Phyllis was born to deaf parents and is the oldest of 9 children (all of whom are also deaf). Phyllis attended North Dakota School for the Deaf, graduating in 1962, and then went on to study at Gallaudet College (now known as Gallaudet University), a school for the deaf and hard-of-hearing.

Phyllis originated the leading female role in the Broadway production of Children of a Lesser God, for which she won the 1980 Best Actress Tony Award.

Marlee Matlin played Phyllis’s role in the film version, and won the Best Actress Academy Award.

Phyllis has been married to Robert Steinberg for many years, and they have 2 children.

Phyllis performed the ASL interpretation of Jewel’s rendition of the national anthem at Super Bowl XXXII.

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Hearing Impairment Series-Disabled Legend Marlee Matlin

Marlee Beth Matlin was born on 24 August, 1965 in Morton Grove, Illinois, USA. Marlee is an Academy Award and Golden Globe Award-winning American actress who is deaf.

Marlee was born to Libby and Donald Matlin, an automobile dealer. Marlee lost all hearing in her right ear, and 80% of hearing in her left ear at the age of 18 months. Marlee was raised in a Jewish family in Morton Grove, Illinois, USA. Marlee graduated from John Hersey High School in nearby Arlington Heights and attended Harper College.

Marlee made her stage debut at the age of 7, as Dorothy in a children’s theatre version of The Wizard of Oz, and continued to appear with the same children’s theatre group throughout her childhood.

Marlee’s film debut, 1986’s Children of a Lesser God, brought her a Golden Globe Award for Best Actress in a Drama and an Academy Award for Best Actress. Marlee is one of the few actors to win an Oscar for their debut performance, and as of 2008, still holds the record for youngest winner in the Best Actress Oscar category. Marlee was nominated for a Golden Globe award for her work as the lead female role in the television series Reasonable Doubts (1991–1993) and was nominated for an Emmy Award for a guest appearance in Picket Fences. Marlee became a regular on the series during its final season.

Marlee later had recurring roles in The West Wing, and Blue’s Clues. Other television appearances include Seinfeld (“The Lip Reader”), The Outer Limits (“The Message”), ER, Desperate Housewives, CSI: NY and Law & Order: Special Victims Unit. Marlee was nominated for Primetime Emmy Awards for her guest appearances in Seinfield, Law & Order: Special Victims Unit and The Practice.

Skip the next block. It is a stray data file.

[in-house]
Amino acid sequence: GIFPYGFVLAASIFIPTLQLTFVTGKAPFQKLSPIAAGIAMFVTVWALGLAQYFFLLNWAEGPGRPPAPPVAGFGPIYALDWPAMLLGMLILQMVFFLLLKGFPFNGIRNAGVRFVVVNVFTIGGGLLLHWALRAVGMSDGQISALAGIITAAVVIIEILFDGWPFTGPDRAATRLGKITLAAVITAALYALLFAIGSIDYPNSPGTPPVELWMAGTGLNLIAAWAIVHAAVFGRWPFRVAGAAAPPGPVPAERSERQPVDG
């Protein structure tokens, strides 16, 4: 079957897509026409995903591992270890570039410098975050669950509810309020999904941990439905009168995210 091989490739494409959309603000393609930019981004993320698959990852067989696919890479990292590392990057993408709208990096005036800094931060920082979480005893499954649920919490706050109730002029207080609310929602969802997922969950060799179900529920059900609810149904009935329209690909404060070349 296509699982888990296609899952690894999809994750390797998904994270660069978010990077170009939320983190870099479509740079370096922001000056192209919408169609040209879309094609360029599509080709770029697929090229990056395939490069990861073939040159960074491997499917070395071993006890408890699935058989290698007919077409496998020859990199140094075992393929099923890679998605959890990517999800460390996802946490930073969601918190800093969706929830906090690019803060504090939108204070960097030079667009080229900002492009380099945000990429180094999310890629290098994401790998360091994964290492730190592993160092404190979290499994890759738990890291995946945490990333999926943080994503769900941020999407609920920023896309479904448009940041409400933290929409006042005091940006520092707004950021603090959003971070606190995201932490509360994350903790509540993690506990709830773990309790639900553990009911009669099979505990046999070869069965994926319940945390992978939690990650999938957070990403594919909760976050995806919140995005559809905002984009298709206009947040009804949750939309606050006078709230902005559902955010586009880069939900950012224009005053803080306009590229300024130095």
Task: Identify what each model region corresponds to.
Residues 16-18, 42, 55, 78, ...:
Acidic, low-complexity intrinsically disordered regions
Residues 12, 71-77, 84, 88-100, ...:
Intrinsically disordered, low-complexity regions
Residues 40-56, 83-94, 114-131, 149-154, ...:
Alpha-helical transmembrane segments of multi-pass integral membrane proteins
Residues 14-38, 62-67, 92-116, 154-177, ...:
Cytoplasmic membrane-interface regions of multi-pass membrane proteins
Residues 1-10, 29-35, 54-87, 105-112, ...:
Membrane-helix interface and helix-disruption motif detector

In 2002, Marlee published her 1st novel, Deaf Child Crossing, which was loosely based on her own childhood.

In 2004, she starred in the movie What the Bleep Do We Know? as Amanda.

In 2006, Marlee was honored at AOL’s 2nd Annual Chief Everything Officer Awards. Marlee joined the cast of Extreme Makeover: Home Edition on Sunday, 17 September, 2006. In the episode featuring a deaf boy with a blind father, grandmother and sisters, Marlee was the guest host. Marlee wrote and published a sequel to Deaf Child Crossing, titled Nobody’s Perfect, which was produced on stage at the John F. Kennedy Center for Performing Arts in partnership with VSA arts in October 2007.

Also in 2006, she played a deaf parent in Desperate Housewives. Marlee also had a recurring role as Joy Turner’s (who made many jokes of Marlee’s deafness at her expense) public defender in My Name Is Earl and played the mother of one of the victims in an episode of CSI: NY. Marlee starred in the Baby Einstein videos Baby’s Favorite Places: First Words-Around Town and Baby Wordsworth: First Words Around the House, both of which were designed to introduce sign language as a form of non-verbal communication.

In 2006 Marlee was cast in season 4 of The L Word as Jodi Lerner, a gay deaf sculptor. Marlee appeared in season 4 (2007) and season 5 (2008) as the girl friend of the show’s main protagonist Bette Porter (played by Jennifer Beals). It is unclear if Marlee will continue in season 6, the show’s final season.

On 4 February, 2007, Marlee performed the Star Spangled Banner in American Sign Language at Super Bowl XLI in Miami, Florida. Marlee again starred in Baby Einstein in March 2007 with My First Signs, which introduced sign language using common words such as “mommy” and “milk.” Marlee also appeared on Hollywood Squares with Tom Bergeron as emcee. Though she could not hear and was not encouraged to use her own voice to speak, her personal interpreter Jack Jason (who also appeared with her during talk show and publicity appearances) accompanied her on the panel and she handled questions with his assistance – including offering some humorous quips (in ASL) in her own right.

In January 2008, she appeared on Nip/Tuck as a television executive.